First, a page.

In response to the question ‘which DENTON game were you least pleased with?, Ally instantly retorts ‘definitely Transformers... it’s really a personal thing, we all like different products, but I think Transformers was an embarrassment’. ‘We were a bit over a barrel and we had to do it.’ John admits, ‘There wasn’t much you could do with the subject matter of the program... we did our best.’ Nobody says anything about Roland Rat...
So why don’t the DENTON team launch a label in their own right to avoid Transformers type problems? Ally shakes her head...
‘We don’t know anything about marketing,’ John says. It boils down to money: ‘there’s also a problem with cash flow — we wouldn’t get any money for six months, and we’d have to pay people in the meantime. We may do something like that in the future with one game perhaps being financed by another company. We don’t really know all the tricks and all the wheeling and dealings. I think we’re all a bit naive really.’ There may be room for compromise, as Ally explains: ‘we wouldn’t mind trying some joint publishing, where we put in the development and somebody else puts in the marketing skills and then split the profits half and half. I think we’d have to get a lot bigger, though. Small is good.’
If small is good then John Gibson, programmer of Gift to the Gods, Cosmic Wartoad and Frankie, has gone one better. After splitting from Dentons he pursued a solo career under contract to Ocean.
‘I’m mainly doing licensed programs now, he reveals. ‘I’d like to do original programs, but Ocean seem to be dead wary about releasing original games — you’re guaranteed to sell a licensed product. If you want to do an original product it’s got to be very convincing. I don’t really like doing arcade conversions — they’re nearly always pale imitations of the original — there hardly seems much point in doing them.’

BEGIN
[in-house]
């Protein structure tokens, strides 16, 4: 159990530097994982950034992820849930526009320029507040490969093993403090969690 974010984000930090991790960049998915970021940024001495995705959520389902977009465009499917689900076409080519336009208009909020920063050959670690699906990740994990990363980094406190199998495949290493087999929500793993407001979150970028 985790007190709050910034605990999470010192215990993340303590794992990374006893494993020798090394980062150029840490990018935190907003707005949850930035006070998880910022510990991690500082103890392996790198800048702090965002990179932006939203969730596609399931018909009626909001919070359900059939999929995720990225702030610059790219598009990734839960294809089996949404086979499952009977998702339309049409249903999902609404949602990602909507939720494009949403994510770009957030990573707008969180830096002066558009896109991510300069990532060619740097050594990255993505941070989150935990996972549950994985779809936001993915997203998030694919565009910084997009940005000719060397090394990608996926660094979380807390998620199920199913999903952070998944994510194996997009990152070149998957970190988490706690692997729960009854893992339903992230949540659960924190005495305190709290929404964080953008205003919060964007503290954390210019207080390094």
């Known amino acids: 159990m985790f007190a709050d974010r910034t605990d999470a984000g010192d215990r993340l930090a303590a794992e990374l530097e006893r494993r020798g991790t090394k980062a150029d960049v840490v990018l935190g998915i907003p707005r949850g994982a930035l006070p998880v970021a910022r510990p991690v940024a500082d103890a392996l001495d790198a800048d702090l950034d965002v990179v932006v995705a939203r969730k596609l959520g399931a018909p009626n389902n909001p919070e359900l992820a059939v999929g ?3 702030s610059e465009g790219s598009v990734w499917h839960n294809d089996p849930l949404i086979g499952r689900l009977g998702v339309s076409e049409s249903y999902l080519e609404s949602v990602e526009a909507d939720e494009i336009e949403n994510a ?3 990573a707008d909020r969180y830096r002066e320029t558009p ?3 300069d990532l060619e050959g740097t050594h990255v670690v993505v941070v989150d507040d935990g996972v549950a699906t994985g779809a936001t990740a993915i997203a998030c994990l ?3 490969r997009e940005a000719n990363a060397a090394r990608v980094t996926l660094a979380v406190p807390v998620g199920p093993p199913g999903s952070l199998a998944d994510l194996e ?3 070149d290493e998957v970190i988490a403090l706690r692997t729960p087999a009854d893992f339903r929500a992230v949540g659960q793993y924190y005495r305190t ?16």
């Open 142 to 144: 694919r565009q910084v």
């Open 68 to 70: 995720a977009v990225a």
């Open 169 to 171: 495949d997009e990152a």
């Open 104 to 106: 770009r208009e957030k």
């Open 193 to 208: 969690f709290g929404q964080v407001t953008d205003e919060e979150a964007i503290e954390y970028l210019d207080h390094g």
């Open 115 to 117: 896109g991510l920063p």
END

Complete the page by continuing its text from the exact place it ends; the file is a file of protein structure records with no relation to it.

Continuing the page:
He’s just finished work on Galligan — so why does he do conversions if he sees so little point in them?
‘When I started five years ago I did it because it was what I enjoyed. Now I tend to think more about the money than the art form. Mind you, that wouldn’t stop me for working for less if the job made me more enthusiastic.’
Was the break from Dentons a good move?
‘Oh yes. I’ve got rid of the responsibilities of looking after other people. If anything goes wrong I know it’s my fault. It’s a bit lonely, especially when I’ve been working alone in my flat for a couple of days, but I do go down to DENTON and CANVAS for a bit of company. I suppose that’s what I miss. When Dentons started it was a very close-knit company. I was one of the founder members, and a Director. It was great when we started, and we had loads of ideas about being a software development house.